Guest Blogger: Mariah Alvarado, AFR 329: Women & Slavery in the Black Atlantic – Course Collaboration

After multiple class sessions introducing our archival and manuscript collections and oral history best practices, students in Dr. Nneka Dennie’s Spring 2019 AFR 329: Women & Slavery in the Black Atlantic course produced a documentary using oral histories created throughout the semester. These materials will be donated to the Archives.

In addition to this main project, students were tasked with identifying primary sources from local archives, historic sites, and/or repositories that shed light on the lived experiences of enslaved women or women enslavers. The following series of blog posts are authored by these students upon the completion of this archival research process and serve as reflective pieces.

Thank you for your submissions-and a wonderful semester of fruitful collaborations!

“Primary Source Analysis”

written by Mariah Alvarado

In her letters, Ann L. Bowen writes to her husband, who was away fighting for the Confederacy in the Civil War and informs him about various aspects of his plantation. She tells him about taking the sugarcane to the mill, as well as her plans for the apples and rice at “the old place.”

Screenshot of Letter: Ann L. Bowen to Henry H. Bowen, Oct. 21, 1864. Found in the North Carolina Digital Collections.
Letter: Ann L. Bowen to Henry H. Bowen, Oct. 21, 1864. Found in the North Carolina Digital Collections.

Similar to Mrs. Bowen, Ann Wall Lowrie Alexander looked after her husband’s plantation while he was away. Her husband, John Brevard Alexander, was a Charlotte-based plantation owner and physician who was traveling during the times of these letters, 1861 to 1863, with the 37th regiment of the Confederate Army. In John’s 1861 letter to Ann, he tells her he has heard about two recent runaway enslaved men from his plantation and instructs her to tell someone named Billy, most likely an overseer, to give them each “50 lashes.” He warns Ann not to insult Billy in fear of him leaving and reminds her that she needs Billy on the plantation to handle the enslaved while he is away. In his 1863 letter, John instructs Ann to handle his local affairs in Charlotte. He also informs her that while traveling he met enslavers from other counties who were getting higher prices for their field workers. So, he instructs her to sell one of the enslaved for a higher price and decide whether to “invest the money in the land or cheaper negroes.”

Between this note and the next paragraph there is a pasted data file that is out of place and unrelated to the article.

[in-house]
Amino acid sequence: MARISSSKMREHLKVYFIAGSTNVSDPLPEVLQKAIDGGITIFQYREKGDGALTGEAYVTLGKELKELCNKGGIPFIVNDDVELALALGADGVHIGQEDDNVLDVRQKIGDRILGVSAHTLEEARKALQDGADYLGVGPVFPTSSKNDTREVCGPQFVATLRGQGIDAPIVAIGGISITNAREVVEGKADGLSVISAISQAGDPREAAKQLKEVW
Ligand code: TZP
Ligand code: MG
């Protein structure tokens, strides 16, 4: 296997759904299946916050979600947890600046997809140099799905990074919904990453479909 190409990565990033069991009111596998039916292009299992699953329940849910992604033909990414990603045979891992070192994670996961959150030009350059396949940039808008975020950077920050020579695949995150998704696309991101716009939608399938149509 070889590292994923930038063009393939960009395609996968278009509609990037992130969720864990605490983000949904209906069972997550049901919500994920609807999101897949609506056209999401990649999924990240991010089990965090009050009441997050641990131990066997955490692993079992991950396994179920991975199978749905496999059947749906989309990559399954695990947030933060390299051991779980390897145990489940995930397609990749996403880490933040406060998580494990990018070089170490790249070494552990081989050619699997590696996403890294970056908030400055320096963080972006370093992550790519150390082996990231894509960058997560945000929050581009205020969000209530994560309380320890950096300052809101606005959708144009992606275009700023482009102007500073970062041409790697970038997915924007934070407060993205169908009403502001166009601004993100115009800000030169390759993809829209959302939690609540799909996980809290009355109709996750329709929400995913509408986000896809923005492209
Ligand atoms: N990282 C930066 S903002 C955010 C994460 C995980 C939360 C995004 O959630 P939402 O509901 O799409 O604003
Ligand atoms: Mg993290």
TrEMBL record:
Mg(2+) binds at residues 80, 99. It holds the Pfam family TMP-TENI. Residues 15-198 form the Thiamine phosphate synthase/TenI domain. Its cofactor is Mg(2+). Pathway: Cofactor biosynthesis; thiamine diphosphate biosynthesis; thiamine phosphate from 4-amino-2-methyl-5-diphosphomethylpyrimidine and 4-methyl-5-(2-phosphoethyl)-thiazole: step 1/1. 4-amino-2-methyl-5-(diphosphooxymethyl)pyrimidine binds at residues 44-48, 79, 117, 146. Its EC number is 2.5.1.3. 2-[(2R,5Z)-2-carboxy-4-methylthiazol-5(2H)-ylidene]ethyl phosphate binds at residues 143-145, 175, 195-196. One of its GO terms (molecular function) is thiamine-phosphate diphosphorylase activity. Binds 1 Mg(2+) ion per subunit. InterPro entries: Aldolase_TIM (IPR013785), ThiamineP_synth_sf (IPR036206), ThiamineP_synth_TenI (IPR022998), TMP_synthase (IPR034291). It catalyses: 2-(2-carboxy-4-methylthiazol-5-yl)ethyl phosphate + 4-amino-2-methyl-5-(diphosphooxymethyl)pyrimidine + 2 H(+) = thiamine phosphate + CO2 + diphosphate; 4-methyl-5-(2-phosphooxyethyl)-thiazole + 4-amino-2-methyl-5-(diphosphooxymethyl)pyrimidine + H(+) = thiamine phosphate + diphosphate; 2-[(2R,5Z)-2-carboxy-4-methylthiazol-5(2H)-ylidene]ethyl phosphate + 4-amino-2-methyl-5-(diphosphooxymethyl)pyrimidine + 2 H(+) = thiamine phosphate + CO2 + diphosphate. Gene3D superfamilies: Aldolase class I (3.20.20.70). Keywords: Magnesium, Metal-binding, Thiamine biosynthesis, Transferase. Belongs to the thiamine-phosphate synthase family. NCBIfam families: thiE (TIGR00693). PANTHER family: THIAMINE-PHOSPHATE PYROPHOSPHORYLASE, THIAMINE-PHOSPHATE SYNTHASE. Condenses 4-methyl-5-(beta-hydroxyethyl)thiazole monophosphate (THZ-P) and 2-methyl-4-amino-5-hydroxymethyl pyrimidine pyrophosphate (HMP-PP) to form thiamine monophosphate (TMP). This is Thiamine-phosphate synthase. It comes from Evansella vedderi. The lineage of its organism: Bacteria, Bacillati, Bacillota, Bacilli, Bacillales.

These letters are testaments to the many roles white women had in maintaining the system of slavery. More often than not, white women who lived during this time were portrayed as innocent bystanders to the atrocities of slavery. They were painted as delicate, vulnerable, and in constant need of protection by white men. However, these letters demonstrate that white women, especially during the Civil War, made day to day decisions about crops and the enslaved, suggesting that they played significant roles in maintaining the slave system.

Although these letters highlight that white women were more involved in slavery than history perceives, they also shed light on white men’s power over their plantations even when they were not present. Ann Bowen’s letter to her husband shows that although she is the one currently making the decisions on the plantation, she is still not the most powerful. She must inform her husband about her decisions because ultimately, the final decision is his as the man and owner of the plantation and the enslaved. Similarly, John’s letters to his wife suggest he still had a hands-on role with the punishment of the enslaved and the goings-on of the plantation. Overall, John and Henry’s involvement with their plantations, despite their physical absence, highlights the position of wealthy white men as the most powerful during this era in history. They not only had complete control over the enslaved but over white women as well.


Bowen, Ann L. Letter: Ann L. Bowen to Henry H. Bowen, Oct. 26, 1864. Special presentation. From the North Carolina Digital Collections. Medium. (accessed April 3, 2019).

John B. Alexander Papers, 1855-1911,

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